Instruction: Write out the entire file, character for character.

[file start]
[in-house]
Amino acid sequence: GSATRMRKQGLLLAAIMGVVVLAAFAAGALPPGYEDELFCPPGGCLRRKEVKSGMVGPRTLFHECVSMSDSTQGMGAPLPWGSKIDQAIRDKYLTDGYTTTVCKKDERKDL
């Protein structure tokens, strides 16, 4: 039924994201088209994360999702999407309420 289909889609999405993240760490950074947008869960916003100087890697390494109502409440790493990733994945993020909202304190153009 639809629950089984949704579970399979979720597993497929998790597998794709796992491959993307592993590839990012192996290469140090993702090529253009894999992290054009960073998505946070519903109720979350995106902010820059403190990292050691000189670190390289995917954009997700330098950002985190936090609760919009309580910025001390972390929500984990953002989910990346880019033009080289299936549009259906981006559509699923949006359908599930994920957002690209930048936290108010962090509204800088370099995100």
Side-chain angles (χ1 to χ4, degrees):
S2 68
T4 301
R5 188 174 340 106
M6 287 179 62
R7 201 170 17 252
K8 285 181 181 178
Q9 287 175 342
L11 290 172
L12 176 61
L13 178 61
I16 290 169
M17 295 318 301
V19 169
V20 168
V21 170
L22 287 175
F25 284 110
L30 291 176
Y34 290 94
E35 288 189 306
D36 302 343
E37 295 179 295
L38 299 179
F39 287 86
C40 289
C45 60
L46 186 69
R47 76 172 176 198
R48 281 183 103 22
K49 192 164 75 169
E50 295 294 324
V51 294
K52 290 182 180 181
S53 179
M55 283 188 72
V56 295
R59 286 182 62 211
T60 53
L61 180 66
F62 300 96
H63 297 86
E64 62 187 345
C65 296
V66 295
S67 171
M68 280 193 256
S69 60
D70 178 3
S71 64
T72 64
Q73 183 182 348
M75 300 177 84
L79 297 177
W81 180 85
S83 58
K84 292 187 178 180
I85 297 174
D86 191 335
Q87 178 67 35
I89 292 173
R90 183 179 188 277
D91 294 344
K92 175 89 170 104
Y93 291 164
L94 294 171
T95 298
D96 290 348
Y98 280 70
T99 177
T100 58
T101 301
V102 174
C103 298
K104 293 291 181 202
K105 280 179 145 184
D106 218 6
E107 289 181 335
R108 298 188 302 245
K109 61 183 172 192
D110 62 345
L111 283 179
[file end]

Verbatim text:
[in-house]
Amino acid sequence: GSATRMRKQGLLLAAIMGVVVLAAFAAGALPPGYEDELFCPPGGCLRRKEVKSGMVGPRTLFHECVSMSDSTQGMGAPLPWGSKIDQAIRDKYLTDGYTTTVCKKDERKDL
């Protein structure tokens, strides 16, 4: 039924994201088209994360999702999407309420 289909889609999405993240760490950074947008869960916003100087890697390494109502409440790493990733994945993020909202304190153009 639809629950089984949704579970399979979720597993497929998790597998794709796992491959993307592993590839990012192996290469140090993702090529253009894999992290054009960073998505946070519903109720979350995106902010820059403190990292050691000189670190390289995917954009997700330098950002985190936090609760919009309580910025001390972390929500984990953002989910990346880019033009080289299936549009259906981006559509699923949006359908599930994920957002690209930048936290108010962090509204800088370099995100």
Side-chain angles (χ1 to χ4, degrees):
S2 68
T4 301
R5 188 174 340 106
M6 287 179 62
R7 201 170 17 252
K8 285 181 181 178
Q9 287 175 342
L11 290 172
L12 176 61
L13 178 61
I16 290 169
M17 295 318 301
V19 169
V20 168
V21 170
L22 287 175
F25 284 110
L30 291 176
Y34 290 94
E35 288 189 306
D36 302 343
E37 295 179 295
L38 299 179
F39 287 86
C40 289
C45 60
L46 186 69
R47 76 172 176 198
R48 281 183 103 22
K49 192 164 75 169
E50 295 294 324
V51 294
K52 290 182 180 181
S53 179
M55 283 188 72
V56 295
R59 286 182 62 211
T60 53
L61 180 66
F62 300 96
H63 297 86
E64 62 187 345
C65 296
V66 295
S67 171
M68 280 193 256
S69 60
D70 178 3
S71 64
T72 64
Q73 183 182 348
M75 300 177 84
L79 297 177
W81 180 85
S83 58
K84 292 187 178 180
I85 297 174
D86 191 335
Q87 178 67 35
I89 292 173
R90 183 179 188 277
D91 294 344
K92 175 89 170 104
Y93 291 164
L94 294 171
T95 298
D96 290 348
Y98 280 70
T99 177
T100 58
T101 301
V102 174
C103 298
K104 293 291 181 202
K105 280 179 145 184
D106 218 6
E107 289 181 335
R108 298 188 302 245
K109 61 183 172 192
D110 62 345
L111 283 179